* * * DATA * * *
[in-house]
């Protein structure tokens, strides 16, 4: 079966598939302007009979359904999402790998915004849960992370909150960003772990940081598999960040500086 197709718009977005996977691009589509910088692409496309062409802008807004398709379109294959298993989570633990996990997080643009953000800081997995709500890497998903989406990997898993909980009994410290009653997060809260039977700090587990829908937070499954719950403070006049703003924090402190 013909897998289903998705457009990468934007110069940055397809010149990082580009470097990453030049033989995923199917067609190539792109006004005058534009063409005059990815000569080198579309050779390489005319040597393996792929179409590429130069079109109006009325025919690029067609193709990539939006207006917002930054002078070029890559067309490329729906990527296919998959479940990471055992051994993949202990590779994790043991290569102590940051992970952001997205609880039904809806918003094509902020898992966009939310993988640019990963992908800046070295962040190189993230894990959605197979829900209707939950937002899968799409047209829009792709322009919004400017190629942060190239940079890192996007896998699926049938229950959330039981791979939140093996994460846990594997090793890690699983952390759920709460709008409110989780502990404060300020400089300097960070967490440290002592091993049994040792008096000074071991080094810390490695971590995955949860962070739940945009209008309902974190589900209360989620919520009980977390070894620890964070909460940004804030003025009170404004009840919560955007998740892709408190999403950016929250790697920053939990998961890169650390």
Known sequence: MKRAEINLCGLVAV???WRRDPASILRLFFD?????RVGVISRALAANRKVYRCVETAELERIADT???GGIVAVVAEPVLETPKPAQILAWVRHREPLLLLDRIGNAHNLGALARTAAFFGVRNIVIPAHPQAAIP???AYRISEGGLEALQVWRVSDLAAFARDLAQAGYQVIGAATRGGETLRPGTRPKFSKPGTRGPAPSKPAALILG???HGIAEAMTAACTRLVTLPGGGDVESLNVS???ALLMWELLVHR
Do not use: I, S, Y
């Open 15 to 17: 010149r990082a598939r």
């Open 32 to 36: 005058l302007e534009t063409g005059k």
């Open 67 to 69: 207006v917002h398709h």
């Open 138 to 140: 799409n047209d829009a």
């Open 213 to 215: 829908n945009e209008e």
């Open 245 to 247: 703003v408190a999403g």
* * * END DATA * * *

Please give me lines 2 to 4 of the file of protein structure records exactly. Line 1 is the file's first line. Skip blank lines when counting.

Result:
């Protein structure tokens, strides 16, 4: 079966598939302007009979359904999402790998915004849960992370909150960003772990940081598999960040500086 197709718009977005996977691009589509910088692409496309062409802008807004398709379109294959298993989570633990996990997080643009953000800081997995709500890497998903989406990997898993909980009994410290009653997060809260039977700090587990829908937070499954719950403070006049703003924090402190 013909897998289903998705457009990468934007110069940055397809010149990082580009470097990453030049033989995923199917067609190539792109006004005058534009063409005059990815000569080198579309050779390489005319040597393996792929179409590429130069079109109006009325025919690029067609193709990539939006207006917002930054002078070029890559067309490329729906990527296919998959479940990471055992051994993949202990590779994790043991290569102590940051992970952001997205609880039904809806918003094509902020898992966009939310993988640019990963992908800046070295962040190189993230894990959605197979829900209707939950937002899968799409047209829009792709322009919004400017190629942060190239940079890192996007896998699926049938229950959330039981791979939140093996994460846990594997090793890690699983952390759920709460709008409110989780502990404060300020400089300097960070967490440290002592091993049994040792008096000074071991080094810390490695971590995955949860962070739940945009209008309902974190589900209360989620919520009980977390070894620890964070909460940004804030003025009170404004009840919560955007998740892709408190999403950016929250790697920053939990998961890169650390």
Known sequence: MKRAEINLCGLVAV???WRRDPASILRLFFD?????RVGVISRALAANRKVYRCVETAELERIADT???GGIVAVVAEPVLETPKPAQILAWVRHREPLLLLDRIGNAHNLGALARTAAFFGVRNIVIPAHPQAAIP???AYRISEGGLEALQVWRVSDLAAFARDLAQAGYQVIGAATRGGETLRPGTRPKFSKPGTRGPAPSKPAALILG???HGIAEAMTAACTRLVTLPGGGDVESLNVS???ALLMWELLVHR
Do not use: I, S, Y